Paxton native facing problems in her 2nd season as Iowa coach

Paxton native facing problems in her 2nd season as Iowa coach

   IOWA CITY, Iowa  No need to remind Angie Lee what a difference a year can make.

   The Paxton native''s head coaching career, brief as it is, has been an annual excursion of 180-degree turns.

   "We''ve been on a very serious roller coaster," the University of Iowa women''s basketball coach said Wednesday.

   Last season was the ride of Lee''s life. A longtime Hawkeyes assistant, Lee was promoted by her alma mater to her first head coaching job at any level. Inheriting a group coming off an 11-17 campaign  Iowa''s first losing record since 1982-83  the then-33-year-old Lee answered all questions about whether she was up to the task. Under her guidance, the Hawkeyes went 27-4, finished first in the Big Ten Conference at 15-1 and advanced to the round of 16 in the NCAA tournament.

   "Everything was fresh and new," said Lee, named national coach of the year by The Associated Press after last season. "There was a true sense of excitement and nowhere to go but up. And nobody was expecting anything of Iowa  new coach, 11-17, and not only a new coach, but her first time as a head coach."

   One year later, a bruised and battered Iowa team is plummeting from those heights. Losers of three of their last four games, the Hawkeyes are 9-8 overall and tied for fifth in the Big Ten at 4-4.

   And when the Hawkeyes visit Huff Hall at 7 p.m. Friday to play 25th-ranked Illinois, they''ll be limping in  figuratively and literally. While the losses have piled up, so have Iowa''s walking wounded:

    Leading scorer Angela Hamblin (14.7), hobbled by a hamstring strain, is listed as questionable after sitting out Iowa''s previous two contests. Hamblin was a huge thorn in the Illini''s side during the 1996 Big Ten tournament, scoring 18 points and grabbing a game-high 12 rebounds in the Hawkeyes'' 74-56 victory.

    Forward Tiffany Gooden has suffered back spasms since her car was hit from behind by another vehicle early this week. The preseason second-team All-American''s status for Friday also is uncertain.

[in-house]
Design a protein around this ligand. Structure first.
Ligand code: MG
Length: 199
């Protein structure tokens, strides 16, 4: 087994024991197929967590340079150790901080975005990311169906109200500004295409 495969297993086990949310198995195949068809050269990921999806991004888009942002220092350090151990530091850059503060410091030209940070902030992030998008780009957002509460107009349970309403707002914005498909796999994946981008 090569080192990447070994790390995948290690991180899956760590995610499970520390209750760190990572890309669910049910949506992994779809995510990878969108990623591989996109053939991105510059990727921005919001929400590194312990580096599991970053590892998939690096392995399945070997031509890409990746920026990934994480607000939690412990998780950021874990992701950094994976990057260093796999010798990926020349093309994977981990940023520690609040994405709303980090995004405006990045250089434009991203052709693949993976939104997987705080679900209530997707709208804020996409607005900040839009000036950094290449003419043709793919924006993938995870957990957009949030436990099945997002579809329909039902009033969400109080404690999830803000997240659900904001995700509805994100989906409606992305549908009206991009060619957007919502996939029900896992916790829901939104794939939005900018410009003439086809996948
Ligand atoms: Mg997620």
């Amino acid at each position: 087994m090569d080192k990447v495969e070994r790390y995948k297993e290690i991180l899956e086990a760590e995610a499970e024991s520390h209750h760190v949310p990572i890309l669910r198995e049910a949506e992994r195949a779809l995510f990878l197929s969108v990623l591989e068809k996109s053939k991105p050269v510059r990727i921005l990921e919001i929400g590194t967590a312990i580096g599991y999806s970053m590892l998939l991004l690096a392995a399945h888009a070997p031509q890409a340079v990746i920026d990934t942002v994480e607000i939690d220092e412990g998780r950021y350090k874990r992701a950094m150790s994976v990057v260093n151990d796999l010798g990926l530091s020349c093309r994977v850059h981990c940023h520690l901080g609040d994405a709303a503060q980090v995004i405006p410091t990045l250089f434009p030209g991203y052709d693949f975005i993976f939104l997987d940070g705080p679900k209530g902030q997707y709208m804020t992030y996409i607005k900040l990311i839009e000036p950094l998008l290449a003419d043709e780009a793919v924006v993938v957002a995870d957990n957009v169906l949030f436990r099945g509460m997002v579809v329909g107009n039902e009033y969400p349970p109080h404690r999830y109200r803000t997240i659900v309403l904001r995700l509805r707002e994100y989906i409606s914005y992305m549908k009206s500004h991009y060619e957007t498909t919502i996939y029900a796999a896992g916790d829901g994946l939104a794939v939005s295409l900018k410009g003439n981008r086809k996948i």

Center Tangela Smith, battling a lower-back injury all season, has fallen far below lofty expectations and out of the starting lineup. One of 20 preseason candidates for the Naismith College Player of the Year award, Smith is averaging 8.7 points and 4.8 rebounds. Her numbers last season were 13.6 and 7.0.

    The new starting center, Jenny Noll, suffered a broken nose Jan. 12 during a loss at Purdue. She''s continued to play despite the injury.

    Reserve center Malikah Willis played three games before her season was ended by a knee injury.

    Simone Edwards, scheduled to start at center Friday, also has contended with knee problems this season.

   Little wonder Lee has used nine different lineups through 17 games, one more than she used in 31 contests last season.

   "The biggest difference has been the health of our team," said Lee. "Last year, we were extremely healthy. This year ... every time we get on the verge of getting everybody back, somebody goes down."

   All those MIAs have wrecked havoc, Lee says, with the chemistry any starting lineup needs.

   "It''s one of those things where if you have a lot of injuries, that starts to play with your continuity," she said. "I think that''s been the case with us."

   The season began with high expectations all around. In eight different preseason polls, Iowa was listed as high as third nationally, and never lower than sixth. In the Big Ten coaches'' preseason poll, the Hawkeyes were virtually a consensus choice to repeat as champion, receiving all but one first-place vote.

   "We all came in with high expectation," said Lee, who had four starters back from last season. "You look at what they did last year, and we all felt so good about that.

   "Now, to struggle though situations you can''t control is very frustrating."

   That frustration hit its zenith for Lee on Sunday in a 75-63 loss to Michigan. Iowa had never before lost to the Wolverines at Carver-Hawkeye Arena. But then the Hawkeyes are losing to a lot of teams at home that they used to mop up on. Sunday''s defeat was Iowa''s third straight at home and dropped their Carver-Hawkeye mark to 2-4. Last season, the Hawkeyes went 14-0 at home.

   Compounding the frustration was the fact that Michigan stung Iowa''s vaunted defense with 60.4 percent shooting from the field. This is the same Hawkeye defense that, in league games, ranks first in the Big Ten in field goal defense (40.4 percent) and second in scoring defense (61.6 points).

   "This last loss, it was extremely hard to swallow," Lee said. "We sort of hit rock bottom. It''s going to be interesting to find out the character of this team because that one, in my eyes, should never have happened."

   The Hawkeyes'' character check gets an acid test this weekend, when they play two of the top three teams in the Big Ten. After visiting an Illini team tied for second, Iowa on Sunday will host a Michigan State team atop the standings.

   "We''re going to go in and give it the best we have, regardless of the hand we''ve been dealt," Lee promised. "It presents us with a great opportunity. No question there are some things we can do to shake things up (in the Big Ten) in a very big way."

   Reason enough for Illini coach Theresa Grentz, who has injuries problems of her own at point guard, to be wary.

   "When I look at their talent and coaching staff, I don''t see a lot of problems," she said. "They are the champion until they are no more."

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